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Speakers

Thinker, Cultural Activist & Literary Critic

Date & Time

Sun, 25 Sep 2022

Location (for BIC Venue, BIC Hybrid and BIC Cafe)

7, 4th Main Road, Domlur II Stage
Bengaluru, Karnataka 560 071 India
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Contact

+91 98865 99675

Indians belong either to castes or to tribes. What makes the tribal people tribal or adivasis? What have been there cultural traditions, their thought patterns and their philosophy of life? What led to some of them getting branded as ‘criminal tribes’? What is the future of the culture of the Adivasis in the 21st century world? This lecture will present views of the speaker based on his experience of creating the Adivasi academy at Tejgadh and a global network of the indigenous peoples. The lecture will offer a perspective on the rapidly disappearing continent of culture that the indigenous of the world inhabit.

This episode of BIC Talks is an extract from the second of a series of four masterclass lectures by Prof. G N Devy, titled Memory, Culture and The Being of India that took place in the BIC premises in early February 2022.

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Speakers

Ganesh N Devy

Thinker, Cultural Activist & Literary Critic

G N Devy, a thinker and a public intellectual, initiated and led the People’s Linguistic Survey of India, covering over 700 languages with a team of nearly 3000 volunteers. The PLSI resulted in the publication of 91 titles, divided in 50 volumes in English, Hindi and several Indian languages, bringing to notice some 35000 printed pages of valuable data on the language diversity of India.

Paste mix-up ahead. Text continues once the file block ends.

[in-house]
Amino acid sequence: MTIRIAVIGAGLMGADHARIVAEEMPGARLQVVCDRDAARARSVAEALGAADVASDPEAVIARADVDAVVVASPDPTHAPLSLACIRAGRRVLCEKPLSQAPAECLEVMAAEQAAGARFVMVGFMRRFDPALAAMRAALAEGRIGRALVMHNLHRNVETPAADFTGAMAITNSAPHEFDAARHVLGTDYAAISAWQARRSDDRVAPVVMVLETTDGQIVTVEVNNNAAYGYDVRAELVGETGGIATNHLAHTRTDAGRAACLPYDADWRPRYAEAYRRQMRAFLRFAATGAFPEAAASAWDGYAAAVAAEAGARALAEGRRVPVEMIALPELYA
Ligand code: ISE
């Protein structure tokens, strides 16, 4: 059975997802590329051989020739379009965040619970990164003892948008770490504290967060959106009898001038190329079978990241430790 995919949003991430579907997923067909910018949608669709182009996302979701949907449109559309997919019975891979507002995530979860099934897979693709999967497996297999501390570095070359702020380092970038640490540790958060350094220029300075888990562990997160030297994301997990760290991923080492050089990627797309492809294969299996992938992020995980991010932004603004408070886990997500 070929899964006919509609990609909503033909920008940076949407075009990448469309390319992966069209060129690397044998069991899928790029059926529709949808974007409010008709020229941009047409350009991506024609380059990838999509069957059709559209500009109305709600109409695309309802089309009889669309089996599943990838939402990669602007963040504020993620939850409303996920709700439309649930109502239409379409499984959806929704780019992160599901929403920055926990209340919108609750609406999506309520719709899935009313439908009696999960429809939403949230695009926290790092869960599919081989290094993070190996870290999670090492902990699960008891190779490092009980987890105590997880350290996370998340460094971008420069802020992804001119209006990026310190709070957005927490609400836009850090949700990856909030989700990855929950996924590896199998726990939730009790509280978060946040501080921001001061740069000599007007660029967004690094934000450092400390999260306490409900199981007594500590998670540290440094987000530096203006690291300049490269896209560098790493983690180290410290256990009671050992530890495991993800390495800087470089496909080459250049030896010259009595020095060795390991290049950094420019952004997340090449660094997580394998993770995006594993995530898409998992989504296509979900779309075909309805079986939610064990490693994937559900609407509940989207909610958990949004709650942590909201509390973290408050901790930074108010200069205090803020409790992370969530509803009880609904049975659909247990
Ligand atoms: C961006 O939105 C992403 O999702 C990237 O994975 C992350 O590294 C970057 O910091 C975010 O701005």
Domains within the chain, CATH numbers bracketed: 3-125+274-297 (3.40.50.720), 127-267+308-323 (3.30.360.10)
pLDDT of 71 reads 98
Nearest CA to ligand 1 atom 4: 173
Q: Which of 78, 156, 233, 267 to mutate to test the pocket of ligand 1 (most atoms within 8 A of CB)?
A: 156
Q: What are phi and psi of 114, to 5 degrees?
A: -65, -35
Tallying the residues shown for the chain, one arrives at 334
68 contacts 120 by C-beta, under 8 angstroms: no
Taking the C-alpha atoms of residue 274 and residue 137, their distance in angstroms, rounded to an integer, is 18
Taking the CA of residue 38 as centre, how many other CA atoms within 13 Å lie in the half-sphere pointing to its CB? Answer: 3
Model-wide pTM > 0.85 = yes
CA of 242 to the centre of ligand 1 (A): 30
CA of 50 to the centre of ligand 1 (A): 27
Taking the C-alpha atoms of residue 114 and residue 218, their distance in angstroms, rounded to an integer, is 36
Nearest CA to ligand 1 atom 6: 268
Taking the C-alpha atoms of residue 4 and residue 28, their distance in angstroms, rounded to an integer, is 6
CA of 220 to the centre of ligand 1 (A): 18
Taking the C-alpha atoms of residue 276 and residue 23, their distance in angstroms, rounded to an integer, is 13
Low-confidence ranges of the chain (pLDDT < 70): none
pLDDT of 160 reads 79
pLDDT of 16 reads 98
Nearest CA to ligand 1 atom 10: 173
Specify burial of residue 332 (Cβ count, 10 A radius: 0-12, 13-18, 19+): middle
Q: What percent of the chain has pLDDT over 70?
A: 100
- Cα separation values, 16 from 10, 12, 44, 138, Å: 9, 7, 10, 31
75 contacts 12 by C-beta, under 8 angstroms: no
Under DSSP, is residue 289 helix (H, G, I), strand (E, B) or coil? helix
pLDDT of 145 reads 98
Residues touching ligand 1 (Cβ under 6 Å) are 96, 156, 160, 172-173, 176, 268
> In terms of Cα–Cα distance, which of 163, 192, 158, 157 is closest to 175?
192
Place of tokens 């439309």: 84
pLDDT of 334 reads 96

Devy initiated a series of international conferences of the indigenous communities from all continents resulting in 12 published volumes of perspectives of the indigenous on culture, ecology and politics.

Currently, he is engaged in producing a People’s Report on Indian civilisation and its history of the last 12000 years with the help of a large international collective of scholars in Human Genetics, Archaeology, Linguistics and Anthropologists.

Devy describes himself as a cultural activist. He writes in three languages—Marathi, Gujarati and English. His first book in English, After Amnesia (1992) received the Sahitya Akademi Award, which he returned in protest after the assassination of Dr. M. M. Kalburgi.

He has been an institution builder and a Professor of Literature. He has received many awards and honours including Padmashri, the Linguapax Award and the Prince Clause Award. He writes in Marathi,Gujarati and English and has to his credit 99 books written or edited by him.

His recent publications include, Being Adivasi (co-edited, Penguin, 2021) and Mahabharata – the Epic and the Nation (Aleph, 2022).